For many of us, we gravitate towards working with other businesses that we feel we resonate with. We may share common values, interests or we just dig their vibe.
At the same time, if someone doesn’t resonate with the things you love and share, they probably aren’t your ideal client. This is a good thing.
Personal branding can help us capture the right audience and find our dream clients. It also makes business just so much more enjoyable when we can be ourselves and share the things we love.
2. Don’t be afraid to share personal content on your business account
We’re living in a personal branding economy with a strong focus on content creation. If you’re sharing business-only content, it gets pretty dry, pretty quickly for your consumers. When we get personal and share elements of ourselves outside of business-only content, it helps create points of connection with our audience. It generates ‘stickiness’ – you’ll have people come back to know more about you, because it’s interesting to them.
Business-only talk is boring. In the online space, there are stacks of people doing the same work as you. In order to elevate your brand and stand out, you have to do what you do best – be your authentic self.
3. Be consistent with your messaging
Building a strong personal brand takes time and consistency. Marty Neumeier, a.k.a the Godfather of branding, explains how your brand is the emotional connection you make with your audience. It’s also the collective experiences they have when they come into contact with you.
This is why consistency in your branding is so important. Your audience will often consume your content across multiple platforms.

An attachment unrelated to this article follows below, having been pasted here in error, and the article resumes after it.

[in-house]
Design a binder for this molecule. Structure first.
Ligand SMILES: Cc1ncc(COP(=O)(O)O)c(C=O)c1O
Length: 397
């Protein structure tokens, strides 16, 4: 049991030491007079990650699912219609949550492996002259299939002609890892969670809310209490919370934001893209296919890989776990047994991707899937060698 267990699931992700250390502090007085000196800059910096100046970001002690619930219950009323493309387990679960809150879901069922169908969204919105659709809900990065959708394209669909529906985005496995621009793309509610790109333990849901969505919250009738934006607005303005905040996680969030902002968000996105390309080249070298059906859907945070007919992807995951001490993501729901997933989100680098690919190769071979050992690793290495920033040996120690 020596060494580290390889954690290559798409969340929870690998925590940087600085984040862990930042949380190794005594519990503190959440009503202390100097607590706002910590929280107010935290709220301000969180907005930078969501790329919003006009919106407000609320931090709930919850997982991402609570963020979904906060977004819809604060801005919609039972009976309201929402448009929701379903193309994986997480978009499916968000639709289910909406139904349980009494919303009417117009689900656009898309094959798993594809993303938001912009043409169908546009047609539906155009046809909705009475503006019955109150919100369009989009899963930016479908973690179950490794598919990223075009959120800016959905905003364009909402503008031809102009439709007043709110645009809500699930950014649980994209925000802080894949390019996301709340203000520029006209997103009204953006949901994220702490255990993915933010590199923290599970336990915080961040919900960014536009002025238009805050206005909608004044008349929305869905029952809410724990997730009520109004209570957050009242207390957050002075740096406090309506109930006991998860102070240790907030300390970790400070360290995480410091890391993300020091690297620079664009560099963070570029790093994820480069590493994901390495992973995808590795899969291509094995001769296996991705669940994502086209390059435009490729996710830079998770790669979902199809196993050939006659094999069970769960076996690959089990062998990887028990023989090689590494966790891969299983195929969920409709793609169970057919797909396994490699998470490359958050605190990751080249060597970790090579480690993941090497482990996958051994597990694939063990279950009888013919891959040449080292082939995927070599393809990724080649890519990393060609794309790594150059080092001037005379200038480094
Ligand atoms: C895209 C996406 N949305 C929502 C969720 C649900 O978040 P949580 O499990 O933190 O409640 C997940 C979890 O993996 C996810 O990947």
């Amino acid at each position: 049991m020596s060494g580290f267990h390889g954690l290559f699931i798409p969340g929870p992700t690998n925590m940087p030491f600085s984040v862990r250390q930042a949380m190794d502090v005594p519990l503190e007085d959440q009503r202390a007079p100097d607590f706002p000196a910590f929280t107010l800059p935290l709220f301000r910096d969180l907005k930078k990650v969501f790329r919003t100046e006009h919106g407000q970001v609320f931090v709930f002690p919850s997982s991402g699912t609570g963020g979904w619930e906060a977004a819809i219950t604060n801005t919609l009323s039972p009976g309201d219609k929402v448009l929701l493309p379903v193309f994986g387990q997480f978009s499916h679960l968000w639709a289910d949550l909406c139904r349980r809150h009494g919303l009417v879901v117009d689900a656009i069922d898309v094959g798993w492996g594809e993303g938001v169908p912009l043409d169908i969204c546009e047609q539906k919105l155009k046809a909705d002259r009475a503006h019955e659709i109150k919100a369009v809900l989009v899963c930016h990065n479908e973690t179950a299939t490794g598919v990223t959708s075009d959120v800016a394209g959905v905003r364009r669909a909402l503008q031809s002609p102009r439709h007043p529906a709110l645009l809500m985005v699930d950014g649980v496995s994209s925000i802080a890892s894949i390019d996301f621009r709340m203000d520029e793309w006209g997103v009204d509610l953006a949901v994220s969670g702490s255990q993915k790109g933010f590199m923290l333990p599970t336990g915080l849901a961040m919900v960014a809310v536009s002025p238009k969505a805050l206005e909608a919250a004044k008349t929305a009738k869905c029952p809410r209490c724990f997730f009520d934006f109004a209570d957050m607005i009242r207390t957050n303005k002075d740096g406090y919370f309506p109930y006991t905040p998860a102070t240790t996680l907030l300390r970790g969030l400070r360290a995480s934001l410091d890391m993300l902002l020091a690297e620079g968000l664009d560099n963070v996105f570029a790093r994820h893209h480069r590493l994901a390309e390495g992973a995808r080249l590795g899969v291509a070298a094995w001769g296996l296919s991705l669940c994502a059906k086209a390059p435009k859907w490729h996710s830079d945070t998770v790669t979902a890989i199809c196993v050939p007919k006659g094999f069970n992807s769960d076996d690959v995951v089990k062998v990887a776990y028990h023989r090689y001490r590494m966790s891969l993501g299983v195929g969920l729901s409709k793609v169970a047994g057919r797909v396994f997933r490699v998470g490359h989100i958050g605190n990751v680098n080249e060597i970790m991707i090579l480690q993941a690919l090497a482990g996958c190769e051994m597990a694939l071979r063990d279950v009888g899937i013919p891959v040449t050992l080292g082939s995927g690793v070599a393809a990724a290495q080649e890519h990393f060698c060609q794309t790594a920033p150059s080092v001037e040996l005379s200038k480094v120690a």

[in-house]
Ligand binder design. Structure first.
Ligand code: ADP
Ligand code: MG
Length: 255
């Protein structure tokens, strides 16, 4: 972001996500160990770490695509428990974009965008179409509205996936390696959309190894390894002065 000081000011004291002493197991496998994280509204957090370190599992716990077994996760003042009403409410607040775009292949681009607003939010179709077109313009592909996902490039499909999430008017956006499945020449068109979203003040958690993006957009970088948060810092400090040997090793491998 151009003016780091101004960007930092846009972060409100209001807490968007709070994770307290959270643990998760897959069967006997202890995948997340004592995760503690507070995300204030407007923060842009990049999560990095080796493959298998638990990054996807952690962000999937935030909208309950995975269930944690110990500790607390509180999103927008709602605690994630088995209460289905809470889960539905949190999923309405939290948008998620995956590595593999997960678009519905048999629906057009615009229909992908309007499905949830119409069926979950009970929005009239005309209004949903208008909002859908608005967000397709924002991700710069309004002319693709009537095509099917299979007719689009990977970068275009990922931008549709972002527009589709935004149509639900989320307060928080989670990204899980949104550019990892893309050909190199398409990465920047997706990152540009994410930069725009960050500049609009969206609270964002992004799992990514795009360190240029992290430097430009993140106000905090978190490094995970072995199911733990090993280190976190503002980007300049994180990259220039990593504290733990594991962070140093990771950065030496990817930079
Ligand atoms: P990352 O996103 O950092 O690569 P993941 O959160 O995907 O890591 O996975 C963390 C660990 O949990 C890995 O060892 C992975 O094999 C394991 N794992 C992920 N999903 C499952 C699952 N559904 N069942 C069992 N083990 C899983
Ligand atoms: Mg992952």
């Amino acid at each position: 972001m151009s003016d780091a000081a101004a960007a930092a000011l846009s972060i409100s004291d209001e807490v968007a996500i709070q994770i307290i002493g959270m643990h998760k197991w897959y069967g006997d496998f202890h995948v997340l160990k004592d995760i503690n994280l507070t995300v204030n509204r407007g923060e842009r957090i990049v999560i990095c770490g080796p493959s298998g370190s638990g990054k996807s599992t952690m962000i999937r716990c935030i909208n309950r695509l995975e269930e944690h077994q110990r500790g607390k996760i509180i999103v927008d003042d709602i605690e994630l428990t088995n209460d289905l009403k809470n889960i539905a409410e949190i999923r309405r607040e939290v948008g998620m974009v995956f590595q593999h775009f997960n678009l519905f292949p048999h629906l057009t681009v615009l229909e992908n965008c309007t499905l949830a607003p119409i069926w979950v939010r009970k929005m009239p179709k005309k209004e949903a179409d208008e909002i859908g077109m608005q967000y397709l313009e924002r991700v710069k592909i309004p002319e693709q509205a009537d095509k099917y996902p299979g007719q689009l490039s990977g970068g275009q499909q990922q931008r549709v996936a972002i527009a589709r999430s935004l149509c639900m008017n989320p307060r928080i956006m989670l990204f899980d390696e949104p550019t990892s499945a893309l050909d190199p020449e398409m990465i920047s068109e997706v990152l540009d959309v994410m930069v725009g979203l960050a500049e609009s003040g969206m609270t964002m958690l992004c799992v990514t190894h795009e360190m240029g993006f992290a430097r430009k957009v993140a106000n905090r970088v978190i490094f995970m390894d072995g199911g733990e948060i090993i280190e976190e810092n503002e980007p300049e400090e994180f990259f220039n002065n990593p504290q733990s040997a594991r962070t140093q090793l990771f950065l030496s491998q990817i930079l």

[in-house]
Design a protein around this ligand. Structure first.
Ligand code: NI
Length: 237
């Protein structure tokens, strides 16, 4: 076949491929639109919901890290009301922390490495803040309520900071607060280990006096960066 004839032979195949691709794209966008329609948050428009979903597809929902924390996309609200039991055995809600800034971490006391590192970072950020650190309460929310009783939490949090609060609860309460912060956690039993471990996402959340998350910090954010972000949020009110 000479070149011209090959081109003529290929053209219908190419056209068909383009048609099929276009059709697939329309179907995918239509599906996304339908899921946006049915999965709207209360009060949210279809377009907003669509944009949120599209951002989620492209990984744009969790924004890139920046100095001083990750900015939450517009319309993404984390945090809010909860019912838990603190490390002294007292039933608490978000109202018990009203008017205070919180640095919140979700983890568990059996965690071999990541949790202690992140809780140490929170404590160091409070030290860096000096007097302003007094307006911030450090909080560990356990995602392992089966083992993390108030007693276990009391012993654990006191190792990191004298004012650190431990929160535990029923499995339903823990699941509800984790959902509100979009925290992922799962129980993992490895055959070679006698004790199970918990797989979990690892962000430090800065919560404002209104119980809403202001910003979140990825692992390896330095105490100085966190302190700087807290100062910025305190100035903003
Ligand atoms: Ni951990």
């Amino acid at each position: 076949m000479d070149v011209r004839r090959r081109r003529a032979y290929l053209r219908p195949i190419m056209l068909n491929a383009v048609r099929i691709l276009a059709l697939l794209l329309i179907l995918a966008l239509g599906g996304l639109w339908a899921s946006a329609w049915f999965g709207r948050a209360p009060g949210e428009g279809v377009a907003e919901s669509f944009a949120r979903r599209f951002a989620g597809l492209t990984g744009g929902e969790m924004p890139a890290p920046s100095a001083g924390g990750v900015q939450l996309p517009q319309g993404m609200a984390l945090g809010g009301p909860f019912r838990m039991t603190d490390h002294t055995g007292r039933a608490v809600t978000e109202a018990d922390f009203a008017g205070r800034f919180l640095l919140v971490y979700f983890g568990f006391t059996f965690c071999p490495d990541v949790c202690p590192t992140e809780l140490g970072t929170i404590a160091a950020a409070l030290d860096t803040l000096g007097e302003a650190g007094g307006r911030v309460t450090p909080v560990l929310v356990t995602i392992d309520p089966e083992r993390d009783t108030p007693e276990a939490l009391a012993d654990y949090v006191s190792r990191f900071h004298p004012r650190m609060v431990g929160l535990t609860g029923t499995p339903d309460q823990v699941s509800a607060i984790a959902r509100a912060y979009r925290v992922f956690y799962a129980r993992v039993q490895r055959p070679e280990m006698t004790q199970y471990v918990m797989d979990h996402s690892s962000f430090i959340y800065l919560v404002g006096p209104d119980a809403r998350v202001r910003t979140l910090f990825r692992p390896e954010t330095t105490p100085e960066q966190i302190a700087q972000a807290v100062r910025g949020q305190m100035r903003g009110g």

In order to build trust, having consistent messaging across these marketing channels helps to collectively build the perception of you and your brand.
Using multiple touch points in your customer journey to infuse your own personality and branding helps to reinforce memorable branding.
4. Have strong brand foundations
If you want to build a bold brand that stands out from the rest, you need strong brand foundations to set you up for success.
These are the branding basics that should be established from the beginning…
Whatever stage you’re at in your business, the way your branding physically presents itself, is important. You want your brand to reflect who you are and what you’re about but also reflect who you’re targeting and where you want to position yourself in the market.
A strong brand message makes it easier to communicate our point of difference. Ensure you know how to connect with your audience, that you understand where they’re at, can speak to their pain points and ultimately, solve them.
Customer Journey & Experience
Be strategic and maximise the touch points customers have with your brand. Be really clear about what it is you do, who you can help and what they can buy from you/how they can work with you.
Remember; if you’re not excited about your brand, it’s going to be really hard to get your customers excited about your brand, too.
5. Create and share content in a way that feels aligned
Building a brand that stands out doesn’t mean you have to be the loudest in the room. If you are an introvert, choose ways to communicate and connect with your clients in a way that energetically aligns with you. You don’t have to produce the same content in the same way as everyone else is doing it (a.k.a dancing on an Instagram reel).
Don’t be afraid to try new things, you often won’t know if you like something until you try it. Find what works for you and consistently do more of that.
6. Repurpose your core content
Work smarter, not harder and get more out of the content you create by repurposing longer content to use across multiple channels. For example, Suz is currently dabbling in YouTube for creating long-form videos. Her VA then repurposes this into other content like blog articles, short-form videos, social media posts and podcasts.
Check-in with your analytics and make informed decisions about the kinds of content you are creating. Be strategic and intentional by doubling down on the content that is giving you better results. Analytics show that Suz sees 30% of her clients come from her podcasts, so she focused on increasing her listenership with extra podcast content to maximise conversions.